The practitioner provides you with some framework of what to expect from your work together.  If instituting a new therapy, it is helpful to understand what is a reasonable trial period before expecting results.  If something takes a month to work and you are expecting results in 2 days, you will be very dissatisfied.  Also clear expectations of approximate financial and time commitments are very reasonable expectations.


Tests and products are extremely beneficial when integrated into a healing program yet most important is that any program should be about empowering you make positive changes in your life.  Beware of any practice that seems to revolve around selling products.  Practitioners providing products through their office  (such as supplements) can be a great benefit to their clients.  This service can often save clients a lot of time and money by preventing confusion about what they should use.  If very patient gets the same large battery of testing (and similar recommendations) regardless of their presenting complain I would be concerned that this is a product-oriented practice.  Another warning sign would be when the practitioner claims that the ONLY therapy to work is one specific product (especially if it can only be obtained through their office).

AYNI (Sacred Reciprocity)

"Today for me, tomorrow for you;" Quechua speaking Andean peoples understand the sacred relationship between people and between people and the natural world.  Giving and receiving allows flow of energy to occur.  Giving without receiving causes emptiness.  You can give more if you are receiving because you are just making more room to be filled up.  So expect to reimburse your practitioner to the level of the skills they provide.


Optimizing your healing journey includes expanding options for care.  Having more tools to work with is a good thing.  This needs to be balanced with focus so that the work isn't too scattered.  Any time something is presented dogmatically as "the only way" options are immediately limited.  This leads to a path of resistance.  Spirit based approaches are receptive to choices.  This expands opportunity and works best walked as a path of surrender.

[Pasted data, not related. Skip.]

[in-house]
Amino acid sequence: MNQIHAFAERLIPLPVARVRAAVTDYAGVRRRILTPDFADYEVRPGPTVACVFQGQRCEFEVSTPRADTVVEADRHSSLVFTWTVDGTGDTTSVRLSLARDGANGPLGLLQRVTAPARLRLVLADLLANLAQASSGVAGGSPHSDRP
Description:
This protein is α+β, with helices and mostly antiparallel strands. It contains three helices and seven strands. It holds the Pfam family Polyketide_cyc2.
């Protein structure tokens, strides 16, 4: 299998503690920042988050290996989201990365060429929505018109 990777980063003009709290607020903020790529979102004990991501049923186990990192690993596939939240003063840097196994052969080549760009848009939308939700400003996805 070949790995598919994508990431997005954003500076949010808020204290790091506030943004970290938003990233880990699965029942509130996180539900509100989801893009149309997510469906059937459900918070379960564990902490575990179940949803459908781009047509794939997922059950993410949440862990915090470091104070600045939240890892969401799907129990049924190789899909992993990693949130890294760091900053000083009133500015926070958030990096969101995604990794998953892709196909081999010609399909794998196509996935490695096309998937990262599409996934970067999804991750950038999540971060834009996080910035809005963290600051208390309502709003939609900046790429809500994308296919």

Most individuals benefit from many layers of support and should actively cultivate this in their lives.  Friends and family can do things a therapist can never do for you.  And a therapist may help you in ways friends and families are unable to.  Develop a web work of support in your life nurturing you on many levels; body, mind and spirit.

Work with your healing partner will generally take place over long periods of time, months to years.  They are relationships that often develop into friendships as well.  The intensity of the work often wax's and wanes depending on the flow of life circumstances.  At first it is useful to do more frequent and intensive work.  As issues resolve and transform, the work may lighten; only to once again naturally intensify at a later date.  This ebb and flow usually is a reflection of inner and outer circumstances of the individual's life.  When there is more turmoil, the work is more fruitful and frequent. When things are more stable, the work is less.  Occasional maintenance is a good thing, regardless of circumstances (all fine instruments need to be tuned).  That's called preventative medicine and is an opportunity to utilize intuition.  Then you can be proactive in creating health, rather than just reactive.  Safe Journey!